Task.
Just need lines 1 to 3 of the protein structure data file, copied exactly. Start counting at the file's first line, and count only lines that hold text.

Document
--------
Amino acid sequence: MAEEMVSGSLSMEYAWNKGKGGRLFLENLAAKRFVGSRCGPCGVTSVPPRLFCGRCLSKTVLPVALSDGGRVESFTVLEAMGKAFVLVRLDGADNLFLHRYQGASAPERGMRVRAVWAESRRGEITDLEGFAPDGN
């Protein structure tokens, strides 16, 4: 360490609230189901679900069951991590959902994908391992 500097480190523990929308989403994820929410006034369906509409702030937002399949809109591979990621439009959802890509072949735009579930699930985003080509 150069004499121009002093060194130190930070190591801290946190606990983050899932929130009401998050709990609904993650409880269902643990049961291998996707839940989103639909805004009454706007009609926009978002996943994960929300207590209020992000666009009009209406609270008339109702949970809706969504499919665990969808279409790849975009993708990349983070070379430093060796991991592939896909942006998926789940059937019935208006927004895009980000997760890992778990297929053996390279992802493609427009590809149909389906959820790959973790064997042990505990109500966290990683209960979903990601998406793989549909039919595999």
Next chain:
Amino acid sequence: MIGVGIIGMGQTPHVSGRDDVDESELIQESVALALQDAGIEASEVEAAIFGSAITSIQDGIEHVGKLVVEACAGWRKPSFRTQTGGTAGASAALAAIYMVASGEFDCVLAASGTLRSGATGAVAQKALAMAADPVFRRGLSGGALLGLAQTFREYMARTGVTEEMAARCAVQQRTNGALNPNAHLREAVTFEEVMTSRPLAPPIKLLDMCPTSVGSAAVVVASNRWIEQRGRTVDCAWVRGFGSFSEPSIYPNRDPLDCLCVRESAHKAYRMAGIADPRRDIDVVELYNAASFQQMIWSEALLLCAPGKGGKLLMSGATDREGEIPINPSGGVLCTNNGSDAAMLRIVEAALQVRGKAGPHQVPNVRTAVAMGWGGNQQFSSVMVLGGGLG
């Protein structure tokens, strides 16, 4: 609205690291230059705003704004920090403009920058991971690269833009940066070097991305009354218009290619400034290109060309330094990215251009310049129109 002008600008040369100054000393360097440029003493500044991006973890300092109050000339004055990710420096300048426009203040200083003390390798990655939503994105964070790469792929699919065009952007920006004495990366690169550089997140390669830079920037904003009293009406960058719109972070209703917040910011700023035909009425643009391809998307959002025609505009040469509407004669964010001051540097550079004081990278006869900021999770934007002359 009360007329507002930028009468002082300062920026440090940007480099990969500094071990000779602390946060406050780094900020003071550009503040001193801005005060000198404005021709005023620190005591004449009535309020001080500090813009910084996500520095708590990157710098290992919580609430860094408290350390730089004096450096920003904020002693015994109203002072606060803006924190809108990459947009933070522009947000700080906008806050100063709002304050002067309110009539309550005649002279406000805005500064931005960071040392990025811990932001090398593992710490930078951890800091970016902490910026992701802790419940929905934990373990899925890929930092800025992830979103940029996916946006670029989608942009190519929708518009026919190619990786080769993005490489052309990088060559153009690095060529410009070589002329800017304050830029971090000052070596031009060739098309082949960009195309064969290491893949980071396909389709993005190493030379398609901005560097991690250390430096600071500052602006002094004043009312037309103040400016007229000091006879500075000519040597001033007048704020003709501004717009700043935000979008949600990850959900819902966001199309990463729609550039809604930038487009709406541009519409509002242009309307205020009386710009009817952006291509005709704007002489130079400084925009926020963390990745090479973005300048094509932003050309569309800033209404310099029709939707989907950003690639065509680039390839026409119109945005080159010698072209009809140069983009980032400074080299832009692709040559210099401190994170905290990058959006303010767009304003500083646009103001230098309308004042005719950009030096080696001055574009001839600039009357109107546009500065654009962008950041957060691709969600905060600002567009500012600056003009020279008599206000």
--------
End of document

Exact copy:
Amino acid sequence: MAEEMVSGSLSMEYAWNKGKGGRLFLENLAAKRFVGSRCGPCGVTSVPPRLFCGRCLSKTVLPVALSDGGRVESFTVLEAMGKAFVLVRLDGADNLFLHRYQGASAPERGMRVRAVWAESRRGEITDLEGFAPDGN
């Protein structure tokens, strides 16, 4: 360490609230189901679900069951991590959902994908391992 500097480190523990929308989403994820929410006034369906509409702030937002399949809109591979990621439009959802890509072949735009579930699930985003080509 150069004499121009002093060194130190930070190591801290946190606990983050899932929130009401998050709990609904993650409880269902643990049961291998996707839940989103639909805004009454706007009609926009978002996943994960929300207590209020992000666009009009209406609270008339109702949970809706969504499919665990969808279409790849975009993708990349983070070379430093060796991991592939896909942006998926789940059937019935208006927004895009980000997760890992778990297929053996390279992802493609427009590809149909389906959820790959973790064997042990505990109500966290990683209960979903990601998406793989549909039919595999």
Next chain: